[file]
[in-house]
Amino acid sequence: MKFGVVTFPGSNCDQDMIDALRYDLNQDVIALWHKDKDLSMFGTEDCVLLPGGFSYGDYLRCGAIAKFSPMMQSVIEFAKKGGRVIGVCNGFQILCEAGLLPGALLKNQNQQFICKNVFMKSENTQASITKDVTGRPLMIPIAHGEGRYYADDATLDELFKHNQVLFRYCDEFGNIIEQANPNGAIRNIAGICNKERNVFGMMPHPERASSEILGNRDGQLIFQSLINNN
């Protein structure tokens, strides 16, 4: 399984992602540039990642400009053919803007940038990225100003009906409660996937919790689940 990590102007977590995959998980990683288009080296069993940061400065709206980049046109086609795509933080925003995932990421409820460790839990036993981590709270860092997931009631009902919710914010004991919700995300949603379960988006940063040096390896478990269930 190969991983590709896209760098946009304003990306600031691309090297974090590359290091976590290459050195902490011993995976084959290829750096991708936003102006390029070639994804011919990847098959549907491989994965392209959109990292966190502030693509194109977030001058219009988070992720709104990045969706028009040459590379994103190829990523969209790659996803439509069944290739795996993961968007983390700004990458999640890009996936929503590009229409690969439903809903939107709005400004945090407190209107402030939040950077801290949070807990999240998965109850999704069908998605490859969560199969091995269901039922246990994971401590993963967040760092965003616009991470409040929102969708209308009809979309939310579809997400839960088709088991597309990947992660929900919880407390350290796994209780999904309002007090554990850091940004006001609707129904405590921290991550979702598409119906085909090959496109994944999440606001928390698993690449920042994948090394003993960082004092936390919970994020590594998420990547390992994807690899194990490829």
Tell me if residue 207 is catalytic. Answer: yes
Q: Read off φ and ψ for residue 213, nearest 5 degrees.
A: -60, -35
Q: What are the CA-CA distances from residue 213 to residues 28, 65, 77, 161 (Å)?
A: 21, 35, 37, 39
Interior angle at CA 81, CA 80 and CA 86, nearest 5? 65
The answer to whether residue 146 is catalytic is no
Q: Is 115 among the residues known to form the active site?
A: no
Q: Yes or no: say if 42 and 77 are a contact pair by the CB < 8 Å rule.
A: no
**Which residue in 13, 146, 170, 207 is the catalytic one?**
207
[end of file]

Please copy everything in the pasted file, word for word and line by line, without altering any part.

[in-house]
Amino acid sequence: MKFGVVTFPGSNCDQDMIDALRYDLNQDVIALWHKDKDLSMFGTEDCVLLPGGFSYGDYLRCGAIAKFSPMMQSVIEFAKKGGRVIGVCNGFQILCEAGLLPGALLKNQNQQFICKNVFMKSENTQASITKDVTGRPLMIPIAHGEGRYYADDATLDELFKHNQVLFRYCDEFGNIIEQANPNGAIRNIAGICNKERNVFGMMPHPERASSEILGNRDGQLIFQSLINNN
């Protein structure tokens, strides 16, 4: 399984992602540039990642400009053919803007940038990225100003009906409660996937919790689940 990590102007977590995959998980990683288009080296069993940061400065709206980049046109086609795509933080925003995932990421409820460790839990036993981590709270860092997931009631009902919710914010004991919700995300949603379960988006940063040096390896478990269930 190969991983590709896209760098946009304003990306600031691309090297974090590359290091976590290459050195902490011993995976084959290829750096991708936003102006390029070639994804011919990847098959549907491989994965392209959109990292966190502030693509194109977030001058219009988070992720709104990045969706028009040459590379994103190829990523969209790659996803439509069944290739795996993961968007983390700004990458999640890009996936929503590009229409690969439903809903939107709005400004945090407190209107402030939040950077801290949070807990999240998965109850999704069908998605490859969560199969091995269901039922246990994971401590993963967040760092965003616009991470409040929102969708209308009809979309939310579809997400839960088709088991597309990947992660929900919880407390350290796994209780999904309002007090554990850091940004006001609707129904405590921290991550979702598409119906085909090959496109994944999440606001928390698993690449920042994948090394003993960082004092936390919970994020590594998420990547390992994807690899194990490829």
Tell me if residue 207 is catalytic. Answer: yes
Q: Read off φ and ψ for residue 213, nearest 5 degrees.
A: -60, -35
Q: What are the CA-CA distances from residue 213 to residues 28, 65, 77, 161 (Å)?
A: 21, 35, 37, 39
Interior angle at CA 81, CA 80 and CA 86, nearest 5? 65
The answer to whether residue 146 is catalytic is no
Q: Is 115 among the residues known to form the active site?
A: no
Q: Yes or no: say if 42 and 77 are a contact pair by the CB < 8 Å rule.
A: no
**Which residue in 13, 146, 170, 207 is the catalytic one?**
207